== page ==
In the Philippines, it is always for self-defense.
(Q) Your son Bruce is only 15, yet the accolades he is receiving from people such as GM Vicente R. Sanchez, GM Roland Dantes and GM Yuli Romo are testament to his skills. When did he start training and which combat arts is he proficient in?
Bruce began his formal training at 4 years old. He was always surrounded by the arts, as there was a gym at our house in the Philippines. Although he has trained in various arts, his specialty is Kali Ilustrisimo, which he learned under myself and Tony Diego, Sagasa Kickboxing, Thai Boxing, Western Boxing under Dodong Santa Iglesia and Ngo Cho under Alex Co.
(Q) Dr Lengson combined linear and circular movements. What can you tell us of his arnis system?
Doc Lengson started Arnis with Sinawali and Cinko Teros systems as he is from Pangasinan province in the Philippines. When he first met Remy Presas, Remy was still Balintawak and Doc was impressed with the movements and added some concepts to his system. Doc and Remy met before Modern Arnis. Most of the circular motions, he learned from Johnny Chiuten who was a kung fu and Balintawak master.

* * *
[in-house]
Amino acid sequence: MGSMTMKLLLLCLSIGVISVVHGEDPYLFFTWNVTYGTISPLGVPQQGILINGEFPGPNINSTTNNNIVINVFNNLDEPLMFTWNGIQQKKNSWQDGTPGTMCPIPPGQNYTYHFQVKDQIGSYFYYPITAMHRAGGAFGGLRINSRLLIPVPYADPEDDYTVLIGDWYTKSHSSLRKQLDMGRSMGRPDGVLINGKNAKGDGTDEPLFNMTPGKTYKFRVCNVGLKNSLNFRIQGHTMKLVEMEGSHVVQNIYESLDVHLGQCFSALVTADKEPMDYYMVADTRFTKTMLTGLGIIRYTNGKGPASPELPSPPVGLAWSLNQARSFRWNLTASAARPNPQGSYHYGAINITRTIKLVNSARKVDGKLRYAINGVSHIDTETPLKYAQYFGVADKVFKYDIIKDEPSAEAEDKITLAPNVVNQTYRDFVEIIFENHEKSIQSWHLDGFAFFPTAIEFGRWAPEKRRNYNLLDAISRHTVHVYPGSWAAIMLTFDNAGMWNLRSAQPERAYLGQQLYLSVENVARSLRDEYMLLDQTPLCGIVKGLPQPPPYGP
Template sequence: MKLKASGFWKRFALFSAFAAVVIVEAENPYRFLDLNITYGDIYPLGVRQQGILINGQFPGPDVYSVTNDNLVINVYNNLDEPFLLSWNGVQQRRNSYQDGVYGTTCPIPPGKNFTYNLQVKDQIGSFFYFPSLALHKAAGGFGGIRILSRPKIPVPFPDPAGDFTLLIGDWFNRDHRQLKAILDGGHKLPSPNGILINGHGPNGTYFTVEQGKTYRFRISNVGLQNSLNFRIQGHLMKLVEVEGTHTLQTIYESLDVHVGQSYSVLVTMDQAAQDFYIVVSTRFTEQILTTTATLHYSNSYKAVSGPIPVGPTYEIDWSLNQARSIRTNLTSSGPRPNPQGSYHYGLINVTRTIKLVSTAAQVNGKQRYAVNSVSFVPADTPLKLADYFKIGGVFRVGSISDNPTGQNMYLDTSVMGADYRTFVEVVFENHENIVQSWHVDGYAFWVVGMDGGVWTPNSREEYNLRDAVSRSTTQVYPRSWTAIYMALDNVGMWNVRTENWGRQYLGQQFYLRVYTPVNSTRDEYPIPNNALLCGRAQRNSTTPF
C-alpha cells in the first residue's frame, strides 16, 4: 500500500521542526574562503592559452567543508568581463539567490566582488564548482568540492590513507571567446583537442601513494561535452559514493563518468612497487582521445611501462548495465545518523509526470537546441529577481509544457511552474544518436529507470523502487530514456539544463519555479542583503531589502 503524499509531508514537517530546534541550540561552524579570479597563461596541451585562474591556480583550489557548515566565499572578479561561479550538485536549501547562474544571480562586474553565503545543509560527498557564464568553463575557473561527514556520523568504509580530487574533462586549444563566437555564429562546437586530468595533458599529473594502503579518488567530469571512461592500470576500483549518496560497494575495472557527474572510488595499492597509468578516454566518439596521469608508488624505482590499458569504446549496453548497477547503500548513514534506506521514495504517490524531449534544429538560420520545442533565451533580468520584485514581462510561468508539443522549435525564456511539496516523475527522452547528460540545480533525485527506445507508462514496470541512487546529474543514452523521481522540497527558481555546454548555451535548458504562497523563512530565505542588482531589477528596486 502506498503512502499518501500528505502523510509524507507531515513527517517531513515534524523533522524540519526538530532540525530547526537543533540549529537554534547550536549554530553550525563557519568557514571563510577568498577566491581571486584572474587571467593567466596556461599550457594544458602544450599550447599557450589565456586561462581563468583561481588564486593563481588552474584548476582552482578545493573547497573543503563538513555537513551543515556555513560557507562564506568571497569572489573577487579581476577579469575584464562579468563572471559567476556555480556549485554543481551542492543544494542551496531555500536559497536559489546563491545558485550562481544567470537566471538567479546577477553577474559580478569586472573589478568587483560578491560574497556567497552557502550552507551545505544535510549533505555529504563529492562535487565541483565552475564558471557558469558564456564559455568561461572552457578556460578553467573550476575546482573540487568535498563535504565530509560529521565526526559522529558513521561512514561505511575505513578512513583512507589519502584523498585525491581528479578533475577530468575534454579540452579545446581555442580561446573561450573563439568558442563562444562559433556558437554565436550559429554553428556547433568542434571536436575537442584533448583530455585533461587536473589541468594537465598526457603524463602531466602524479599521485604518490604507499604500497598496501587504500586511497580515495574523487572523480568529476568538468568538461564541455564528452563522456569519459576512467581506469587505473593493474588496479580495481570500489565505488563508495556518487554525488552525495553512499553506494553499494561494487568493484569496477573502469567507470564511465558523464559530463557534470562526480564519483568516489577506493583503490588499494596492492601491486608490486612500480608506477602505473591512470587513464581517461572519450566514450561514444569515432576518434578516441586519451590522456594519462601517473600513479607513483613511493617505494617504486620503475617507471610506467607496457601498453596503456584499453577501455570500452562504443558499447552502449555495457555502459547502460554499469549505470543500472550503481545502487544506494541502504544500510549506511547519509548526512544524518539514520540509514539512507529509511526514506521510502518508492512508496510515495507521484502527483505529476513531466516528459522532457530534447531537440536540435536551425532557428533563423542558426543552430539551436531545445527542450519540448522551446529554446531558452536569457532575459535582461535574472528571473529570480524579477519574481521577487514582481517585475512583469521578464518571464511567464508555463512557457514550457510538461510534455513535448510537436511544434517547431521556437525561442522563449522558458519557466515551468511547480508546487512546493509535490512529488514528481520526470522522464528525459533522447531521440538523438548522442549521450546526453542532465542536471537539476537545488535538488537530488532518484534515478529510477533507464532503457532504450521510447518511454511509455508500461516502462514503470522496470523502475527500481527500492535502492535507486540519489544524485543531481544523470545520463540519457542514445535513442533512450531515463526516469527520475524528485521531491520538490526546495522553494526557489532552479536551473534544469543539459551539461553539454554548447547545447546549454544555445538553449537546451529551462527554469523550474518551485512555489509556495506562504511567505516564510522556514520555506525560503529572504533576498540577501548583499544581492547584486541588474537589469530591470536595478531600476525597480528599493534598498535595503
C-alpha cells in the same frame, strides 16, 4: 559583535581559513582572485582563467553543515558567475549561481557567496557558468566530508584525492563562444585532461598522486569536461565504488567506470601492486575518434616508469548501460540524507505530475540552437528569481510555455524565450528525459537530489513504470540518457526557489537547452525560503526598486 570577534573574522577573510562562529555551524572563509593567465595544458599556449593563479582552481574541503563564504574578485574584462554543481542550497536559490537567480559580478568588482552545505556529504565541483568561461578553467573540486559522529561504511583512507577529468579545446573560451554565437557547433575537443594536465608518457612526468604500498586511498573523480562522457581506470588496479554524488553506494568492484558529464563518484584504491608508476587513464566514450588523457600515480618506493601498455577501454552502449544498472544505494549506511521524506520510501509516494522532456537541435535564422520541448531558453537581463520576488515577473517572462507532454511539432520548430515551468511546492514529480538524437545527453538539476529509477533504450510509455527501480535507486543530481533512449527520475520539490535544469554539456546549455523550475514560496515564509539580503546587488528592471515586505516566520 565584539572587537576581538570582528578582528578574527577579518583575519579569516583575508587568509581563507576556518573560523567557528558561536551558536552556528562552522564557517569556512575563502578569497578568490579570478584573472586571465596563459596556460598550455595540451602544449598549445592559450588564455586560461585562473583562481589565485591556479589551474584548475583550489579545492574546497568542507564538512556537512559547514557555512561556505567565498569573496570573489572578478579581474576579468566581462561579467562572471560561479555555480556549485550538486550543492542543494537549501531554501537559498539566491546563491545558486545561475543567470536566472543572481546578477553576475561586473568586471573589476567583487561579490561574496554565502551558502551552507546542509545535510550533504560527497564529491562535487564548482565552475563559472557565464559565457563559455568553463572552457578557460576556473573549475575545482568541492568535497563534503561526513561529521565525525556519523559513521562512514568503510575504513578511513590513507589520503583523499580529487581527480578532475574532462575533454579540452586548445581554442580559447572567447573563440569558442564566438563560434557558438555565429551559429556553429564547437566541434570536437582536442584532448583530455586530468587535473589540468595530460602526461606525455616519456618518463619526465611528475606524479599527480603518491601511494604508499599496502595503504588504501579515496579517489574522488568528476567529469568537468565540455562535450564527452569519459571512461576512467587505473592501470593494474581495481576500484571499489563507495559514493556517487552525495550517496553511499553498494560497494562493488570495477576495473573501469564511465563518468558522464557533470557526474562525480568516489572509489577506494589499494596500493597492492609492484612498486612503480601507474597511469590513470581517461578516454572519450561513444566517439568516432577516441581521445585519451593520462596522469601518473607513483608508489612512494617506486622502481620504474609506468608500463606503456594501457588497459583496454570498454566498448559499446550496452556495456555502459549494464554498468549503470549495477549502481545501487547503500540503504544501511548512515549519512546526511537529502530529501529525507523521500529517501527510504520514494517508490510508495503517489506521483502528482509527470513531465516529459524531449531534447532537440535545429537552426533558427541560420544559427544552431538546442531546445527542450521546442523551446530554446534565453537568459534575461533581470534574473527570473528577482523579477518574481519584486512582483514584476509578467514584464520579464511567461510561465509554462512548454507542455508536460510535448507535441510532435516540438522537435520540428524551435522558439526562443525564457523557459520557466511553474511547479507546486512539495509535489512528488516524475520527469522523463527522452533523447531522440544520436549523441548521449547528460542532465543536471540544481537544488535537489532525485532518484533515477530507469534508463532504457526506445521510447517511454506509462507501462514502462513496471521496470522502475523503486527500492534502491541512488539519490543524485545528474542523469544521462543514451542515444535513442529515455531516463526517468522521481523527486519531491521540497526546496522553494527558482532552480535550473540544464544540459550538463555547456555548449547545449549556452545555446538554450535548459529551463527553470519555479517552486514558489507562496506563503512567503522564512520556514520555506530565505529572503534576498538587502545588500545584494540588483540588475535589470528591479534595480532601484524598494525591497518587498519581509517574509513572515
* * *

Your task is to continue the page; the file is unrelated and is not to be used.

(Q) I have been told in the Philippines Dr Lengson shared his vast knowledge of sinawali and double sticks with Professor Remy Presas. Do you know if they exchanged knowledge?
Doc Lengson and Remy Presas met before the formation of Modern Arnis. They were training partners. Remy learned sinawali and Cingko Teros from Doc Lengson, which he put in Modern Arnis. Remy also learned karate from Doc Lengson, as he was considered the best in the Philippines at that time. In return, Remy taught him some of his Balintawak techniques. It was also Doc Lengson who came up with the name Modern Arnis.
(Q) Sagasa is one of Dr Lengson’s legacies. Could you explain how he came to develop Sagasa?